Greenhow History, Family Crest & Coats of Arms
- Origins Available:
Of all the Anglo-Saxon names to come from Britain, Greenhow is one of the most ancient. The name is a result of the original family having lived in Greenhalg in Kirkham and Greenhalg Castle in Garstang. The surname Greenhow originally derived from greene as n the village greene which was the center or main square of each region. Many inhabitants in various counties adopted this surname as part of their family's nomenclature. The surname Greenhow is a topographic surname, which was given to a person who resided near a physical feature such as a hill, stream, church, or type of tree. Habitation names form the other broad category of surnames that were derived from place-names. They were derived from pre-existing names for towns, villages, parishes, or farmsteads. Other local names are derived from the names of houses, manors, estates, regions, and entire counties. As a general rule, the greater the distance between an individual and their homeland, the larger the territory they were named after. For example, a person who only moved to another parish would be known by the name of their original village, while people who migrated to a different country were often known by the name of a region or country from which they came.
Early Origins of the Greenhow family
The surname Greenhow was first found in Shropshire where Richard de Grenhal was listed in the Pipe Rolls of 1230. A few years later, William de Grenol was listed in the Assize Rolls for Lancashire in 1246, as was Matill de Greenhalgh, William de Grenolf, de Grenholl in the Subsidy Rolls for 1332. 
One branch originated in Greenhalgh (now known as Greenhalgh-with-Thistleton), a civil parish on the Fylde in Lancashire or possibly Greenhalgh, now Greenhalgh Castle, in Garstang parish, Lancashire, (spelt Greenhaugh) 
"The Greenhalghs, who are best represented in the Middleton district, derive their name from a Lancashire township. During the 15th century, the Grenehalghs of Brandlesome were hereditary bailiffs of Tottington, and during the two succeeding centuries they gained and retained the position of gentry. The name of Thomas Greenhalgh occurs in the list of intended Knights of the Royal Oak, amongst those of other Lancashire gentlemen, the annual value of his estate being there placed at £1,000: this Order, however, which Charles II. intended as a reward for his followers, was never founded."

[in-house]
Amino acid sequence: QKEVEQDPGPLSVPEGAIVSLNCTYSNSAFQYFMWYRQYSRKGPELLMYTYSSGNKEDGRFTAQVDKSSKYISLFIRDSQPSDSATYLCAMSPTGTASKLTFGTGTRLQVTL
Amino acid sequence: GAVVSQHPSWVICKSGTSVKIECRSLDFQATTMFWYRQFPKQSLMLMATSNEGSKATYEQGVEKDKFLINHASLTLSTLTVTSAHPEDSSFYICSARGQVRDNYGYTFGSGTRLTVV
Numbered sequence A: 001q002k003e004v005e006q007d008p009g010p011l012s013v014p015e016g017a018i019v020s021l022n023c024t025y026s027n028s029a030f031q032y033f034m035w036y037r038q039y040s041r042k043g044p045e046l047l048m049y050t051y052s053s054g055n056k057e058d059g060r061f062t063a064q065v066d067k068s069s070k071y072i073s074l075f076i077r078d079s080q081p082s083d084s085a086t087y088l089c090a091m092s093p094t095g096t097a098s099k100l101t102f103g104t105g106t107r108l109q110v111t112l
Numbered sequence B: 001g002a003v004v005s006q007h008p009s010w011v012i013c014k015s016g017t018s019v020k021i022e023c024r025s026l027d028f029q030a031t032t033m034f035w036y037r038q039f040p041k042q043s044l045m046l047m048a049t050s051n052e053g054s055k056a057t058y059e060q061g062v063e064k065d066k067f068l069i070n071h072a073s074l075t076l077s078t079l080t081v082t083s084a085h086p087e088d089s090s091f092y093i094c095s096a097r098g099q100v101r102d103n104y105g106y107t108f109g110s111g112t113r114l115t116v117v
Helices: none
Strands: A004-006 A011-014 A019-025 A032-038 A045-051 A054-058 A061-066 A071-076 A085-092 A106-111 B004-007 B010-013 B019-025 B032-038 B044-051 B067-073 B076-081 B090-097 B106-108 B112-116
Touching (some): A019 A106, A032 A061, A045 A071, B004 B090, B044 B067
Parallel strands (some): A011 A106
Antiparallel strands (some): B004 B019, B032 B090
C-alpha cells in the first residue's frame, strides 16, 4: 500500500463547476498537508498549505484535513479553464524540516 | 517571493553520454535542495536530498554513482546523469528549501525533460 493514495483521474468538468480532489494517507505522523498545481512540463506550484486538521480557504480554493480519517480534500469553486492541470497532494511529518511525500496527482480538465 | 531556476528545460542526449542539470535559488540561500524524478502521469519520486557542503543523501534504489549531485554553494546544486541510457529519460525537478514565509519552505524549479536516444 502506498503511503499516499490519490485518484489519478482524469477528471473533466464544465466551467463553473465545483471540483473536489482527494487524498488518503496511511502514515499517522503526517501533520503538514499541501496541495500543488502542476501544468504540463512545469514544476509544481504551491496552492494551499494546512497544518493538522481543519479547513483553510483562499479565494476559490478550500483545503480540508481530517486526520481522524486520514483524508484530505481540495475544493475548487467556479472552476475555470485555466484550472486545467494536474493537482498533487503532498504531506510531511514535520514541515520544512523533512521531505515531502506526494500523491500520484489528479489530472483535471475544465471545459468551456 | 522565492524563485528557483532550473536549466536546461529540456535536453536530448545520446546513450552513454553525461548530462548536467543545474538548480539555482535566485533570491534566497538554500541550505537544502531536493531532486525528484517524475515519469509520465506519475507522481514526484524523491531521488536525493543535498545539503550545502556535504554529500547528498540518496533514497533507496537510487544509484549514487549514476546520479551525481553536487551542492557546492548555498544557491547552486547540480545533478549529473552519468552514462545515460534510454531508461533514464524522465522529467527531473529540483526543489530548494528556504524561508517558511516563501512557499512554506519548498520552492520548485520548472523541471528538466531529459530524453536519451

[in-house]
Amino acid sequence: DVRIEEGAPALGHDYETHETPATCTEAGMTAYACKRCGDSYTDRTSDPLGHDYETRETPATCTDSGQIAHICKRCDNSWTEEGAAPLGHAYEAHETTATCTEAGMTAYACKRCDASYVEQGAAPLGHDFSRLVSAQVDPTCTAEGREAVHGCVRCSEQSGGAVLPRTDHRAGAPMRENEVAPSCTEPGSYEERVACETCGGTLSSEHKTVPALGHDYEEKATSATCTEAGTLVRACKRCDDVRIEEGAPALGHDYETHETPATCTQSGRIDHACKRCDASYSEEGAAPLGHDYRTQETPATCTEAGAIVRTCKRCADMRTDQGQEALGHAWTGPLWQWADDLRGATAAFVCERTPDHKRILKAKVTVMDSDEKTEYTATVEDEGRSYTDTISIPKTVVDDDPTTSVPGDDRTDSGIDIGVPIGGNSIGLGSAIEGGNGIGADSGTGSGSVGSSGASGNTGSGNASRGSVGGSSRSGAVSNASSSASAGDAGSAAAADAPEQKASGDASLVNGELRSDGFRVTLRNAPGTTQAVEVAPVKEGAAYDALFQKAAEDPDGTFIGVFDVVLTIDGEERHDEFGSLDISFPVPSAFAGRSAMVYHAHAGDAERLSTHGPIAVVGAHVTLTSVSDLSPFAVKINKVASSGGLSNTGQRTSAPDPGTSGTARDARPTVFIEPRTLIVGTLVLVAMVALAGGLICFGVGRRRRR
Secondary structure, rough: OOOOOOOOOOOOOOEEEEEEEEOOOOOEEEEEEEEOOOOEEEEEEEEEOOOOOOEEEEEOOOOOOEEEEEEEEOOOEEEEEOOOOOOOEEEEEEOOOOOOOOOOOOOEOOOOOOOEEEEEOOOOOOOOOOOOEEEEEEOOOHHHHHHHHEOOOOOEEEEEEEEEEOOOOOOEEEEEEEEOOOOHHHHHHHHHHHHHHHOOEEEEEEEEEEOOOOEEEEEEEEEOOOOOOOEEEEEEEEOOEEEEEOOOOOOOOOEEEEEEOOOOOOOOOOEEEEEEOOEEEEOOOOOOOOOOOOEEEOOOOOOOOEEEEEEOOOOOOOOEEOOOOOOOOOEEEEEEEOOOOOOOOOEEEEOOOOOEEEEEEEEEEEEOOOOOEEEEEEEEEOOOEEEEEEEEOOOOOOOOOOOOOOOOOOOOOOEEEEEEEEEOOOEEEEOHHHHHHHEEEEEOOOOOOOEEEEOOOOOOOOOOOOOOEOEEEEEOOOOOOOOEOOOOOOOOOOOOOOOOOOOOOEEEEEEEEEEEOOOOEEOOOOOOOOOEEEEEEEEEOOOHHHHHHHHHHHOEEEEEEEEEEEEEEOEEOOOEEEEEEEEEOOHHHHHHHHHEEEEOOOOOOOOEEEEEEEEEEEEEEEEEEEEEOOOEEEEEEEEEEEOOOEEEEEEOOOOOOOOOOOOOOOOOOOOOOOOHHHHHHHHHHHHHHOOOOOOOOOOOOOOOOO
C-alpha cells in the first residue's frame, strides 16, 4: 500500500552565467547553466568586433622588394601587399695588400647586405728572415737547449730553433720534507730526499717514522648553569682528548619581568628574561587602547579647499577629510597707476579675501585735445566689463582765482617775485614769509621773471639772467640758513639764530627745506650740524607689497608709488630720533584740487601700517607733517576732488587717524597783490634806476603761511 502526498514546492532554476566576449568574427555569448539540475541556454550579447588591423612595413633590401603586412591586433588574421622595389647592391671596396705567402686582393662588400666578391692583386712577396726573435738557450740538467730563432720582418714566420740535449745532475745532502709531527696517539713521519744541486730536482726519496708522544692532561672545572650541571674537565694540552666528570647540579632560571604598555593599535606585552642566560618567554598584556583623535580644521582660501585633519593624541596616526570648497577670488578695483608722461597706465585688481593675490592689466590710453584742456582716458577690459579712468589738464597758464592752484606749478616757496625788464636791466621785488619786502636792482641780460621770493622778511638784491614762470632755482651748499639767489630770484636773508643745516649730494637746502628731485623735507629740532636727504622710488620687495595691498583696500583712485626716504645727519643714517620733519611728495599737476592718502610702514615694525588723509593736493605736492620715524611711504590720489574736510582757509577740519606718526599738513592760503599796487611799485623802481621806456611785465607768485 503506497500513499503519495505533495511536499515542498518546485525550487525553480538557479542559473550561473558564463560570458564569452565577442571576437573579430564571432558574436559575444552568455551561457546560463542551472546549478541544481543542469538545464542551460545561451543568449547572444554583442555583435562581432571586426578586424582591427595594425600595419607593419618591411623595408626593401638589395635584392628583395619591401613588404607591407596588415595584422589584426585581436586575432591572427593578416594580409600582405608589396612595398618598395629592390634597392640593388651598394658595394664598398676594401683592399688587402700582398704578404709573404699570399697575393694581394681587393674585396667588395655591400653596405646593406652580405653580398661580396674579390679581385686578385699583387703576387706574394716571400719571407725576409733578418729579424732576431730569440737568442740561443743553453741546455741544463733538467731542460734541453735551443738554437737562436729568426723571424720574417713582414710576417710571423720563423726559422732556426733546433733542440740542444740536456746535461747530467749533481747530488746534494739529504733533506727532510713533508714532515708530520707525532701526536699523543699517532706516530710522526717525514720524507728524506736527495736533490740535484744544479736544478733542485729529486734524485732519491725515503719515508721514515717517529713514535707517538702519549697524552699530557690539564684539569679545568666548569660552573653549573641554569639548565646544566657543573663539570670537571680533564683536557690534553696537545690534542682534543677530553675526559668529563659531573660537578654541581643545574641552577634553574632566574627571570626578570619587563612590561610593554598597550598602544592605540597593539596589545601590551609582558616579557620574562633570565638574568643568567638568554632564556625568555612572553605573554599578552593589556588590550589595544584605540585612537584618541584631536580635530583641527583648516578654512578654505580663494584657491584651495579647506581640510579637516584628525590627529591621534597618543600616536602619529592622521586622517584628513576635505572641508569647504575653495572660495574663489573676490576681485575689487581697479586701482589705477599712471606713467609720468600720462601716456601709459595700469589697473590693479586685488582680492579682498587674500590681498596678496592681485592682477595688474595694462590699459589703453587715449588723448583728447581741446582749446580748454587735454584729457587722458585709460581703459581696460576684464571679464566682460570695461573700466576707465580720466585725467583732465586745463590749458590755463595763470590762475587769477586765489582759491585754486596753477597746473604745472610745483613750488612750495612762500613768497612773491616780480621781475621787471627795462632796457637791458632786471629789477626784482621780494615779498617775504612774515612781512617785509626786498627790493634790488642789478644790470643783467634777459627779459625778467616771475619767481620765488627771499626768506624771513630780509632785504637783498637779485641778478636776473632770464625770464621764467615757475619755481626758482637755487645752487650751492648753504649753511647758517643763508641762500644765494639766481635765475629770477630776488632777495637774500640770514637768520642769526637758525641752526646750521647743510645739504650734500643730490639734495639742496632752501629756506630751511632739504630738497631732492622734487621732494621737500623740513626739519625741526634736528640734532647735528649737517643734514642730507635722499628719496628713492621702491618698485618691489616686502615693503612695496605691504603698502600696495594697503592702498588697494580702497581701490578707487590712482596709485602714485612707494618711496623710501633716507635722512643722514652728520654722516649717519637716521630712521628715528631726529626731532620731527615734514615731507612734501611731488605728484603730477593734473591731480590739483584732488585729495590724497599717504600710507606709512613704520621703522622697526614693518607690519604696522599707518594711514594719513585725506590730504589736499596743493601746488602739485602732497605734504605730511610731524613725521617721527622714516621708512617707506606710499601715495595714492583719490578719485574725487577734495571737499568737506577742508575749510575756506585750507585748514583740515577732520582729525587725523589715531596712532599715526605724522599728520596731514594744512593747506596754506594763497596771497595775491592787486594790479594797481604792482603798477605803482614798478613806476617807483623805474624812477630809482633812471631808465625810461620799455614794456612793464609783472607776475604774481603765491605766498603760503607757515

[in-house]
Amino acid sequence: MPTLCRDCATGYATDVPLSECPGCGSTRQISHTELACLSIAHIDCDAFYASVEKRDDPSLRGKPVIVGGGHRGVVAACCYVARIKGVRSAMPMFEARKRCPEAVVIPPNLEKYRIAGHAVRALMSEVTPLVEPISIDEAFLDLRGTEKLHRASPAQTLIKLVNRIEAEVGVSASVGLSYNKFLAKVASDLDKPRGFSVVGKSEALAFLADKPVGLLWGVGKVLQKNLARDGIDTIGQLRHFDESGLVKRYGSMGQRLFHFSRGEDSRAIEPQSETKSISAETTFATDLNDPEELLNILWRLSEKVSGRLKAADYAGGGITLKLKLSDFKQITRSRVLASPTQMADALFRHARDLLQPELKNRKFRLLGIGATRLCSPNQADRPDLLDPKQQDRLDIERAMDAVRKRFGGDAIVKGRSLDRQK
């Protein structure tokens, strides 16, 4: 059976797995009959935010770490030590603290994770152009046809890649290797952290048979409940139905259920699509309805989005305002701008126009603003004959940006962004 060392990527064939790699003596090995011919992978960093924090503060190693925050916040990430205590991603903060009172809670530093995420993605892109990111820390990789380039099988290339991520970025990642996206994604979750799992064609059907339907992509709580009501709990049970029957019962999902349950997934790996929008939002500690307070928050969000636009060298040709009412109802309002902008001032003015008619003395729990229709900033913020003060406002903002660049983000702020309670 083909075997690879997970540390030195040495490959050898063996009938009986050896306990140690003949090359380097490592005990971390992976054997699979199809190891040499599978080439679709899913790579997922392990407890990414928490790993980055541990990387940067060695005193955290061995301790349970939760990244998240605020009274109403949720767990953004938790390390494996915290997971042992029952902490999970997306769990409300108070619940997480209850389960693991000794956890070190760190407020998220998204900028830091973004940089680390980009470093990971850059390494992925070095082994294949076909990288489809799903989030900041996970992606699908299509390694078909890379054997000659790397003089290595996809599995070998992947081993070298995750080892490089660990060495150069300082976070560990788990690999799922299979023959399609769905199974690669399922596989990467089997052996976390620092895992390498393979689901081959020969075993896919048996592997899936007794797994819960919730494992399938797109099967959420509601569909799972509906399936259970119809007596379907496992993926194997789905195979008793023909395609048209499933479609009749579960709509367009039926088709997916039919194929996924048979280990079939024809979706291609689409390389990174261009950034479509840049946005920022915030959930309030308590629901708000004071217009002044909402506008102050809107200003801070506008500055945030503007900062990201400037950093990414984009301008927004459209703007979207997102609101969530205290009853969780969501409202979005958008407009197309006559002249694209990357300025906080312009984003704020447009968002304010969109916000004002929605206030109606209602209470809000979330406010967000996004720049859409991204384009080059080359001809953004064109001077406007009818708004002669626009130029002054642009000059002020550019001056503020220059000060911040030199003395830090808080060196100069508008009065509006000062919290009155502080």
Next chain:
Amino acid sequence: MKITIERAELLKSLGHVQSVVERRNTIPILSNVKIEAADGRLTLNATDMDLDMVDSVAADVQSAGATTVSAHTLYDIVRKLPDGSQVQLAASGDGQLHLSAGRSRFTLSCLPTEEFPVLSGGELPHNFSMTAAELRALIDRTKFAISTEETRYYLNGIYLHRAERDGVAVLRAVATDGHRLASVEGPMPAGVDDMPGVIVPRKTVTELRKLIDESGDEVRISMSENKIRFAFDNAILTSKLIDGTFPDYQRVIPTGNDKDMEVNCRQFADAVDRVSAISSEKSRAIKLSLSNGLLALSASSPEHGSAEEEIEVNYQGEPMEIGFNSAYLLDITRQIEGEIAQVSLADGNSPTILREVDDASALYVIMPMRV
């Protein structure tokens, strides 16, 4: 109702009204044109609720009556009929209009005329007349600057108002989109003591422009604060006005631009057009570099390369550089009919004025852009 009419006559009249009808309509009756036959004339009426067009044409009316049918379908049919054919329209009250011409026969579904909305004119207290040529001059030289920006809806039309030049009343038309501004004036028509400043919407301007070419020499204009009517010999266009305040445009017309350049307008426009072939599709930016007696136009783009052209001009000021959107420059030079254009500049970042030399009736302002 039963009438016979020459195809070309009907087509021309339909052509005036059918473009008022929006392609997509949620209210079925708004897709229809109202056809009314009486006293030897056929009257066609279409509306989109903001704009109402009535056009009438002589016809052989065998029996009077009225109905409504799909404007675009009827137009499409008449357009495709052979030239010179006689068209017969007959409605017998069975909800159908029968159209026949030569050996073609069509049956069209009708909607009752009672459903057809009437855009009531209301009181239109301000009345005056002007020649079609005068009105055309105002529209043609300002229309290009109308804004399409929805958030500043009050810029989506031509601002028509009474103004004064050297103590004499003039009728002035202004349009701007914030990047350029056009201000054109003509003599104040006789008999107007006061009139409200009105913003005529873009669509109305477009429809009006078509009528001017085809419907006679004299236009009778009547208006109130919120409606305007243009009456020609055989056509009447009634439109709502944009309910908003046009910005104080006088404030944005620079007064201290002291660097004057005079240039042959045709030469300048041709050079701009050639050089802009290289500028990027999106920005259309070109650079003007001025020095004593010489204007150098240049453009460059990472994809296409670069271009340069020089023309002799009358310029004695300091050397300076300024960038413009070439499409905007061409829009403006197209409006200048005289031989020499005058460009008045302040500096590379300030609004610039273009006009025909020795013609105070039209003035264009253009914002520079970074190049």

Early History of the Greenhow family
This web page shows only a small excerpt of our Greenhow research. Another 269 words (19 lines of text) covering the years 1246, 1576, 1584, 1613, 1672, 1635, 1591, 1661, 1791, 1810, 1591, 1671, 1611, 1658, 1648, 1652, 1655, 1658, 1615, 1679, 1669, 1740, 1646, 1708, 1644, 1676, 1644, 1651 and 1599 are included under the topic Early Greenhow History in all our PDF Extended History products and printed products wherever possible.
Greenhow Spelling Variations
The first dictionaries that appeared in the last few hundred years did much to standardize the English language. Before that time, spelling variations in names were a common occurrence. The language was changing, incorporating pieces of other languages, and the spelling of names changed with it. Greenhow has been spelled many different ways, including Greenhalgh, Greenhow, Greenhough, Greenhall and others.
Early Notables of the Greenhow family (pre 1700)